8. Not sure I know what you mean. I see no lack of rhythm in your writing. But I’m not a writer. What I do see is a man who is willing to put on sodden clothes to retrieve dinner for his family, who is compassionate towards the beasts of his fields and, not surprisingly, towards other writers. Nice little break from the chaos of this crazy world.

  9. Ben, Thanks for the latest post. I just finished two of your books (“Saved” and “The Town that Food Saved”) and can say, most assuredly, that whether it is due to rhythm or otherwise you have a very captivating writing style. I loved both books for the topics, style and incredibly thoughtful and insightful analysis you provide regarding so many topics. I could not put either book down and look forward to reading your other books and posts. Thank you for all of your great work.

      1. That was rude.

        I can’t believe that you equate your cattle to your children, but we run over 1K head per year, so we never get emotionally attached to them. I look at cattle as a smelly and stupid income producing vehicle, nothing more.

  10. Recently read a book of short stories by Jhumpa Lahiri. Very enjoyable. Not sure about rhythm but I find her writing voice kinda musical. Short stories are one of my favorite forms, BTW. then this week an article by her in the NYer, “Teach yourself Italian”. Written in Italian and translated for the magazine. Amazing. And a lot of thoughts about writing voice and where it comes from and what it means.

  11. I’m intending to make a return to writing once the holidays pass & we begin to settle into the new year. It’s a part of myself I’ve shelved in the midst of babies, moves, businesses, loves, losses & the general busyness of our day to day. Your words here have reminded me how much I’ve missed letting this part of me have some time and space to play. Thank you for that inadvertent nudge.

    (…and I especially loved the part about walking to the freezers. Love those darkened winter walks.)

  12. So often when I read a children’s book to my littles I wonder, “Didn’t the author read this out loud?” because a word here or there doesn’t sound right and I find the errors so glaring. I edit all my husband’s work and always look a bit crazy mumbling out loud in the library or out and about but it is the easiest way for me to hear what is missing/incorrect/awful!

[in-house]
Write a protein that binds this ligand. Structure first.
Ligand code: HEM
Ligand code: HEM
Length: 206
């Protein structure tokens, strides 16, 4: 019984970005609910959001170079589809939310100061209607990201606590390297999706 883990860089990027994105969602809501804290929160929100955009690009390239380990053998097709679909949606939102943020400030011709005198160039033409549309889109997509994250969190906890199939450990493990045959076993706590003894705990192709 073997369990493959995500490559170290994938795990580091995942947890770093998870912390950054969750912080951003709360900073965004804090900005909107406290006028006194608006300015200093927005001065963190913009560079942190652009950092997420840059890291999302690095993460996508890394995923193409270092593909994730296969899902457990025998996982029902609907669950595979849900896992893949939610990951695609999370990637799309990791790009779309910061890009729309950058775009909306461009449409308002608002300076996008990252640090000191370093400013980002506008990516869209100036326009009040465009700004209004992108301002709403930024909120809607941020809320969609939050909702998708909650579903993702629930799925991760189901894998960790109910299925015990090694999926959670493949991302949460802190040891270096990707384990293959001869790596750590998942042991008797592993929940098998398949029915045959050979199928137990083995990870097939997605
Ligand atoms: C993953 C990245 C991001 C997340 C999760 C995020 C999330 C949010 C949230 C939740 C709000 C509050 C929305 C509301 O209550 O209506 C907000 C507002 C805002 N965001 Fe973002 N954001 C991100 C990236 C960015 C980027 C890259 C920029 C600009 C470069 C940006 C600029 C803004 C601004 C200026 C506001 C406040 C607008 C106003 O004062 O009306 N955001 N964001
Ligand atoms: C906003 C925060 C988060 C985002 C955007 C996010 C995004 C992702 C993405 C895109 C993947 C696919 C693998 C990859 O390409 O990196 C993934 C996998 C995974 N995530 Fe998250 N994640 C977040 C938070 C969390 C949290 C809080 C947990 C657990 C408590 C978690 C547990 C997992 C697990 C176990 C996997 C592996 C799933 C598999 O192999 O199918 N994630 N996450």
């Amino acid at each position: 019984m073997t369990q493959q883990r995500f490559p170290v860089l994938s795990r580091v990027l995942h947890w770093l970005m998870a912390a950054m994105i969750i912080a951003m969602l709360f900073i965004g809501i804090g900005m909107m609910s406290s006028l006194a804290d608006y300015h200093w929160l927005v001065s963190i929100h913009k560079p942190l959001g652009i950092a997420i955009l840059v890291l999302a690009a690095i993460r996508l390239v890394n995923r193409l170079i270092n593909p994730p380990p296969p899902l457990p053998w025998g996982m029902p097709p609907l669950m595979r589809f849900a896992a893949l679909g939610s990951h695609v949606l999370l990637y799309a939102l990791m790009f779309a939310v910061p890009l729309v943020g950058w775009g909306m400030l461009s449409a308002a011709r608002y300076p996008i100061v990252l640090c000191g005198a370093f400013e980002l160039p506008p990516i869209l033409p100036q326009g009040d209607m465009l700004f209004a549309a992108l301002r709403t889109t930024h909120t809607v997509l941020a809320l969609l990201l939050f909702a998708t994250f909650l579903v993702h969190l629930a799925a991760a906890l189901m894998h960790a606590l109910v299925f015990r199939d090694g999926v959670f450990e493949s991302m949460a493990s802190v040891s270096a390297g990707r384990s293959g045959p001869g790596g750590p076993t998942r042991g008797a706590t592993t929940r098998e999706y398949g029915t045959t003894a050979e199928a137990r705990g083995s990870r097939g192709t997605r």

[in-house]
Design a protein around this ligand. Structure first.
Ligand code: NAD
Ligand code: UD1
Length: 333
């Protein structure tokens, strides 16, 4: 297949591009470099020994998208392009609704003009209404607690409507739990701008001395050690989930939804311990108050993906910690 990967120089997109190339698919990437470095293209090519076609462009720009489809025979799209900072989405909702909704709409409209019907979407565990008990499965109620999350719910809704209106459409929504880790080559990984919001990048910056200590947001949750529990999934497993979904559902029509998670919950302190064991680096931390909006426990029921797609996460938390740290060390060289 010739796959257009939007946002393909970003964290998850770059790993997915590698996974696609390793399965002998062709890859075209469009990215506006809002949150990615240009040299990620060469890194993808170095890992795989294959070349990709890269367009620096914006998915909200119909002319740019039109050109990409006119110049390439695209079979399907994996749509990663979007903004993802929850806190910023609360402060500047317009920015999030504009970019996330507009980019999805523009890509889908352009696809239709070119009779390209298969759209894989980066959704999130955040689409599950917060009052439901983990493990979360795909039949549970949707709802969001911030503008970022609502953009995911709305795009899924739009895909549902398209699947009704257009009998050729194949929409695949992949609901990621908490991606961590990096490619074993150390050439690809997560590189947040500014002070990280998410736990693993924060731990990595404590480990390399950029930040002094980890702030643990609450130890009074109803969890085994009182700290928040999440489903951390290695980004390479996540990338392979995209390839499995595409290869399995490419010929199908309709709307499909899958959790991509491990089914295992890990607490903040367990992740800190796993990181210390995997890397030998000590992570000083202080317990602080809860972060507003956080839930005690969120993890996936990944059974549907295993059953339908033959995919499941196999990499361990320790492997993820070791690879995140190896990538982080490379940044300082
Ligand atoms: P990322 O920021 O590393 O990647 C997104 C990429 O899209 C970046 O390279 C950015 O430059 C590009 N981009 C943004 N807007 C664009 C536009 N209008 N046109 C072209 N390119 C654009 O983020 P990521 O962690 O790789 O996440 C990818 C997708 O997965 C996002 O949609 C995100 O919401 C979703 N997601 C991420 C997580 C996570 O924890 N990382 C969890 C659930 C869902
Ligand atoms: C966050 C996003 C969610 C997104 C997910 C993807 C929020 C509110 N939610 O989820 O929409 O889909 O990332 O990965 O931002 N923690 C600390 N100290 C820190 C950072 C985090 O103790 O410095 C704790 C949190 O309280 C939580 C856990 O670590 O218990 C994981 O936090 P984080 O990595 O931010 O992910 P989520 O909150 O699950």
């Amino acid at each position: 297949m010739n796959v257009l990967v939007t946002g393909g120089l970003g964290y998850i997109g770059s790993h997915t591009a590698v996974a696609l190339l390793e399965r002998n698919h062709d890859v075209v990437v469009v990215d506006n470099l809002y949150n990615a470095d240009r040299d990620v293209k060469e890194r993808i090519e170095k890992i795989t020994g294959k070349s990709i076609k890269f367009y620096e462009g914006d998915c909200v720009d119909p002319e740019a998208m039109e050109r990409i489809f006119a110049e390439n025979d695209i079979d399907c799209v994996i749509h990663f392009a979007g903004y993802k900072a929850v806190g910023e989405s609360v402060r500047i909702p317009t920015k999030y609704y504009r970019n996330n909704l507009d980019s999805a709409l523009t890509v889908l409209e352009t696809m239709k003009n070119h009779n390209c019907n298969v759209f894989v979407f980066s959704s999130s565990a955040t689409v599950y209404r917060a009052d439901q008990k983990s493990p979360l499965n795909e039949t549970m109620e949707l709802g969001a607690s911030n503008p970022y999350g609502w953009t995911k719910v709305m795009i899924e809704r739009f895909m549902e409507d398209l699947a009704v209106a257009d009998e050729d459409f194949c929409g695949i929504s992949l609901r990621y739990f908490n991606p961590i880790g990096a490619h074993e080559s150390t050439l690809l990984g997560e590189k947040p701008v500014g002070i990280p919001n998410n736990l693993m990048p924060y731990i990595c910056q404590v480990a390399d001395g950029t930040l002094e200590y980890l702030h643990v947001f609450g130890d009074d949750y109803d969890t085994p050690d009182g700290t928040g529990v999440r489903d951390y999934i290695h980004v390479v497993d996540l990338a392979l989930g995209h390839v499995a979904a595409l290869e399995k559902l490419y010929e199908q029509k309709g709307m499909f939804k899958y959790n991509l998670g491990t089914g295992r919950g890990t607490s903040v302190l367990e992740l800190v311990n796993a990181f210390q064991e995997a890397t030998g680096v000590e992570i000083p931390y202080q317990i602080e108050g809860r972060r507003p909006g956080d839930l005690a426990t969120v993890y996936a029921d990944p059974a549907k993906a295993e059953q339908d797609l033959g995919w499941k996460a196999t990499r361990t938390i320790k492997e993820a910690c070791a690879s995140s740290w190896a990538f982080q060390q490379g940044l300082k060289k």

13. My mum sent me the link to your article “We don’t need no school” and I was hooked by your writing. I am to be home-schooling or “unschooling” my boys and every little bit of encouragement is so appreciated! Your article did that.

    This post is a beautifully descriptive recognition of “real” life and I love it! I hope your friends sells many books, she sounds wonderful! I will of course take a look myself.

    Thank you for sharing your experience.

  14. My mum sent me the link to your article “We don’t need no school” and I was hooked by your writing. I am to be home-schooling or “unschooling” my boys and every little bit of encouragement is so appreciated! Your article did that.

    This post is a beautifully descriptive recognition of “real” life and I love it! I hope your friends sells many books, she sounds wonderful! I will of course take a look myself.

    Thank you for sharing your experience.

    P.S. My son did something and it posted without my name, sorry!

Leave a Reply

Fill in your details below or click an icon to log in:

WordPress.com Logo

You are commenting using your WordPress.com account. Log Out /  Change )

Facebook photo

You are commenting using your Facebook account. Log Out /  Change )

Connecting to %s